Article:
Intended for healthcare professionals

Clinical Review State of the Art Review

Advances in optimizing the prescription of antibiotics in outpatient settings

BMJ 2018; 363 doi: https://doi.org/10.1136/bmj.k3047 (Published 12 November 2018) Cite this as: BMJ 2018;363:k3047
  1. Laura M King, health research analyst1,
  2. Katherine E Fleming-Dutra, deputy director1,
  3. Lauri A Hicks, director1
  1. 1Division of Healthcare Quality Promotion, National Center for Emerging and Zoonotic Infectious Diseases, Centers for Disease Control and Prevention, Mailstop H16-3, Atlanta, GA, 30329, US
  1. Correspondence to: K E Fleming-Dutra ftu2{at}cdc.gov

Abstract

The inappropriate use of antibiotics can increase the likelihood of antibiotic resistance and adverse events. In the United States, nearly a third of antibiotic prescriptions in outpatient settings are unnecessary, and the selection of antibiotics and duration of treatment are also often inappropriate. Evidence shows that antibiotic prescribing is influenced by psychosocial factors, including lack of accountability, perceived patient expectations, clinician workload, and habit. A varied and growing body of evidence, including meta-analyses and randomized controlled trials, has evaluated interventions to optimize the use of antibiotics. Interventions informed by behavioral science—such as communication skills training, audit and feedback with peer comparison, public commitment posters, and accountable justification—have been associated with improved antibiotic prescribing. In addition, delayed prescribing, active monitoring, and the use of diagnostics are guideline recommended practices that improve antibiotic use for some conditions. In 2016, the Centers for Disease Control and Prevention released the Core Elements of Outpatient Antibiotic Stewardship, which provides a framework for implementing these interventions in outpatient settings. This review summarizes the varied evidence on drivers of inappropriate prescription of antibiotics in outpatient settings and potential interventions to improve their use in such settings.

Footnotes

  • Series explanation: State of the Art Reviews are commissioned on the basis of their relevance to academics and specialists in the US and internationally. For this reason they are written predominantly by US authors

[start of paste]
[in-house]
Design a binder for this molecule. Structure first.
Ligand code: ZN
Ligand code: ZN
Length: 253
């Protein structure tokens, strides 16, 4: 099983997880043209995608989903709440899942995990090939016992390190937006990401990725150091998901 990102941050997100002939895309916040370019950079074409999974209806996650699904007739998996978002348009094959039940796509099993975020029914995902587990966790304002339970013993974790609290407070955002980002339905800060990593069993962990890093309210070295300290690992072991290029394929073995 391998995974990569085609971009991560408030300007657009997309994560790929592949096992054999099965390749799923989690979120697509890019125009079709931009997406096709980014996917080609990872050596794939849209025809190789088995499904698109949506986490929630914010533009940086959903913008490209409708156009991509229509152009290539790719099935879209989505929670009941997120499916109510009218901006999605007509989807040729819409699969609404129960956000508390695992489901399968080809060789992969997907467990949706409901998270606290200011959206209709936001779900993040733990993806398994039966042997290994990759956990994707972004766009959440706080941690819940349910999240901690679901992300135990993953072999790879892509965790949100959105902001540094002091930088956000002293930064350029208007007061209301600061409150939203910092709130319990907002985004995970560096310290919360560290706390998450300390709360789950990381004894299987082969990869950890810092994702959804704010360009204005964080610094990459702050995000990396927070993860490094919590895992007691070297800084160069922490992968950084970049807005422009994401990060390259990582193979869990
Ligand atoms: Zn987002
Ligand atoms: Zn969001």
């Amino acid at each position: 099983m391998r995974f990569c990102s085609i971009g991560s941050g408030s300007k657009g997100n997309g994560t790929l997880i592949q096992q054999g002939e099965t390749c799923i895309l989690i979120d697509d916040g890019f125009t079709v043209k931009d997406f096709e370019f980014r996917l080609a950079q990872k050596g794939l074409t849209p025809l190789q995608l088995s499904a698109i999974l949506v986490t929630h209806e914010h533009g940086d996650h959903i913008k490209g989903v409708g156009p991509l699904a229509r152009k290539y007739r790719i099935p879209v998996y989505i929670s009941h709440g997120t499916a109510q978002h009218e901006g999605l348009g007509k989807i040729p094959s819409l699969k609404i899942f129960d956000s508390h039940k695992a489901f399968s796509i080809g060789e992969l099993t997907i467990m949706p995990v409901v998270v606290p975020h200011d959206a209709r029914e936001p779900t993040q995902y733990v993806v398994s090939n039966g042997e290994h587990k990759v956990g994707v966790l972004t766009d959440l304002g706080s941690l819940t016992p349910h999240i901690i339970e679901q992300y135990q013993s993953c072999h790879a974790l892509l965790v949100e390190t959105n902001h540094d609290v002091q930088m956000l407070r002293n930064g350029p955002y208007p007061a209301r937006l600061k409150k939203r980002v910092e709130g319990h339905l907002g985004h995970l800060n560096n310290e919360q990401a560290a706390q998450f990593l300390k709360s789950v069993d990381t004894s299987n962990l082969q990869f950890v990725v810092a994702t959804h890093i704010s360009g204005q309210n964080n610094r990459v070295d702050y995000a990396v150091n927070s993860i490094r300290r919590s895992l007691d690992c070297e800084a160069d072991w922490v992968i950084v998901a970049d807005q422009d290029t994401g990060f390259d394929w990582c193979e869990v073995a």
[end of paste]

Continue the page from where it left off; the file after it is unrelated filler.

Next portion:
• Contributors: All three authors made substantial contributions to the conception of the manuscript, approved the final version of this manuscript, and agree to be accountable for all aspects of the work. LMK conceptualized the review, performed the literature review, and wrote the article. KEF-D and LAH conceptualized the review and provided critical revisions for important intellectual content. LAH, as guarantor, accepts full responsibility for the work, had access to the references reviewed, and controlled the decision to publish. The corresponding author attests that all listed authors meet authorship criteria and that no others meeting the criteria have been omitted.

  • Competing interests: We have read and understood BMJ policy on declaration of interests and declare that we have no competing interests.

  • Provenance and peer review: Commissioned; externally peer reviewed.

  • Disclaimer: The findings and conclusions in this manuscript are those of the authors and do not necessarily represent the official position of the Centers for Disease Control and Prevention.

  • License: This work was conducted by employees of the US Federal Government. For employees of the US Federal Government employees acting in the course of their employment, no copyright exists and the Contribution is in the public domain so no license is required to be granted.

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